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Frequently Asked Questions

Who is funding this Program and why?
This Program is funded by the United States Department of Energy (DOE) to examine former workers for health problems that might be due to hazardous exposures they had while they worked at DOE sites. The programs at Los Alamos National Laboratory (LANL) and Sandia National Laboratories (SNL-AL) are two of 35 programs at DOE workplaces. The Johns Hopkins Bloomberg School of Public Health (JHBSPH) conducts the Medical Exam Program for Former LANL and SNL Workers.

What is the focus of this Program?
This Program will focus on former workers with significant past exposure to one of the following agents or agent categories:

  • Asbestos
  • Beryllium
  • Lead
  • Noise
  • Radiation
  • Silica (SNL-AL only)

These agents and agent categories were chosen based on an extensive evaluation of historical exposures at both sites, the nature and extent of documented and possible health impacts resulting from those exposures, the number of potentially impacted former workers, and worker concerns. The final choice of these five agents was also based on a medical determination of the availability of acceptable screening tests and interventions that will decrease severity, morbidity, and mortality of diseases that may result from exposure.

As new information becomes available this list will be periodically re-evaluated.

Who will be examined?
General Selection Criteria

At LANL, all eligible workers formerly employed by:
  • University of California
  • Zia
  • Pan Am World Services 
  • Johnson Controls International
  • Johnson Controls of Northern New Mexico
  • other subcontractors

and who worked at LANL anytime since 1943.

At SNL-AL, all eligible workers formerly employed by:
  • Z – Division Sandia Laboratory
  • Sandia Corporation (Western Electric)
  • Martin Marietta
  • Sandia Corporation (Lockheed Martin)
  • Sandia National Laboratories (SNL)
  • Metal Trades Council

and who worked at SNL-AL anytime since 1949.

Eligibility is determined based on the likelihood that the work you performed resulted in a significant exposure to one or more of the agents listed in the previous question. The determination of a significant exposure will be based on work and exposure history information provided by former workers.

Selection by Job Title
In the first year of the Medical Exam Program for Former LANL Workers, individuals with the following job titles were invited to participate:

  • Machinists
  • Plumbers or pipe fitters
  • Metal workers
  • Mechanics
  • Janitors
  • General laborers

Selection by Job Title and Exposure Questionnaire #1
Individuals with the job titles listed below were invited to participate based on the results of a general exposure questionnaire [Exposure Questionnaire #1 (EQ1)] that helped to determine the significance of their exposures. For example, mechanical technicians whose questionnaire responses indicate that they were exposed to asbestos were invited to receive a medical examination for conditions related to asbestos. Another example of former workers who will receive EQ1 are "staff members."  These former workers may have had administrative jobs or worked on projects with significant exposures.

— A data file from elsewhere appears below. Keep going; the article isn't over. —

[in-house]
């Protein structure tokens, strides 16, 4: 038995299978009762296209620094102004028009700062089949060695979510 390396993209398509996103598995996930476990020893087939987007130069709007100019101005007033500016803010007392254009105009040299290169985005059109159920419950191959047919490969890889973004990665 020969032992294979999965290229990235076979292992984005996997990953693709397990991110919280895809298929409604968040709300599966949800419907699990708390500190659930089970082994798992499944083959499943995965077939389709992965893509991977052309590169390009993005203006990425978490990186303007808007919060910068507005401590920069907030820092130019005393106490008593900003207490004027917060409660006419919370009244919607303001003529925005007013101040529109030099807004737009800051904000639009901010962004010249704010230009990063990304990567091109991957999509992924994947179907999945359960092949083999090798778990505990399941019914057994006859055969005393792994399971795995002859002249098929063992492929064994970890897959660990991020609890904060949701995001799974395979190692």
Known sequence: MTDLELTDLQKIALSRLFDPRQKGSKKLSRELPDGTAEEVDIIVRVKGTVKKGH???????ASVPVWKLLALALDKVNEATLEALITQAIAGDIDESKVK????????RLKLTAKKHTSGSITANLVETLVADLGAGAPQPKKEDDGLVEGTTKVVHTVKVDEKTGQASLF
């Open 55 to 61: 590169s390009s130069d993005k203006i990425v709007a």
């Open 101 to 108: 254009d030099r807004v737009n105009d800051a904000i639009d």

• Chemical technicians
  • Laboratory technicians
  • Mechanical technicians
  • General Technicians

At SNL-AL, we did not have rosters or job titles for former workers. Former workers were invited to participate in the program through a mailing that included the general exposure questionnaire, Exposure Questionnaire #1 (EQ1) which helped to determine their exposures at SNL. 

To determine if you are eligible for this Program, please contact our New Mexico Program Office via our toll-free telephone number 1-877-500-8615. We will then send you the general exposure questionnaire.

Based on your job title while at LANL or SNL, and your response to this questionnaire, we will decide if you will benefit from participating in this Program. The majority of exams will be offered to former workers who are eligible as determined by the Program. However, a limited number of exams will be provided to former workers who wish to receive an exam regardless of their eligibility status.

You may also choose not to take part in the program.

What options are available to me once I enroll in the Program?
If you are eligible, you may choose one of the following two options:

  1. A free medical exam through the Medical Exam Program for Former LANL and SNL Workers or
  2. A free medical exam through the DOE National Supplemental Screening Program (NSSP)

If I choose to receive a free medical exam, where will this take place?
You may choose one of the following locations for your free medical exam:

  1. The Johns Hopkins Bloomberg School of Public Health Former Worker Program Office, Española, NM
  2. Los Alamos National Laboratory Occupational Medicine Clinic, Los Alamos, NM
  3. The Family Practice Center at the University of New Mexico, Albuquerque, NM
  4. DOE National Supplemental Screening Program (NSSP)

It is completely your choice as to which location you would like to have the exam. The examination procedures will be identical at all clinics.

Who will perform the medical exams?
Depending on the location you choose, your exam will be performed by:

  1. Española Office: Physicians from Johns Hopkins and the University of New Mexico
  2. LANL Occupational optional Medicine Clinic: Physicians and Health Professionals from Los Alamos National Laboratory Occupational Medicine Clinic (HRS-2).
  3. Family Practice Center at the University of New Mexico: Physicians from Johns Hopkins and the University of New Mexico
  4. Physicians and Health Professionals from the National Supplemental Screening Program (NSSP).

Do all eligible former workers receive the same exam?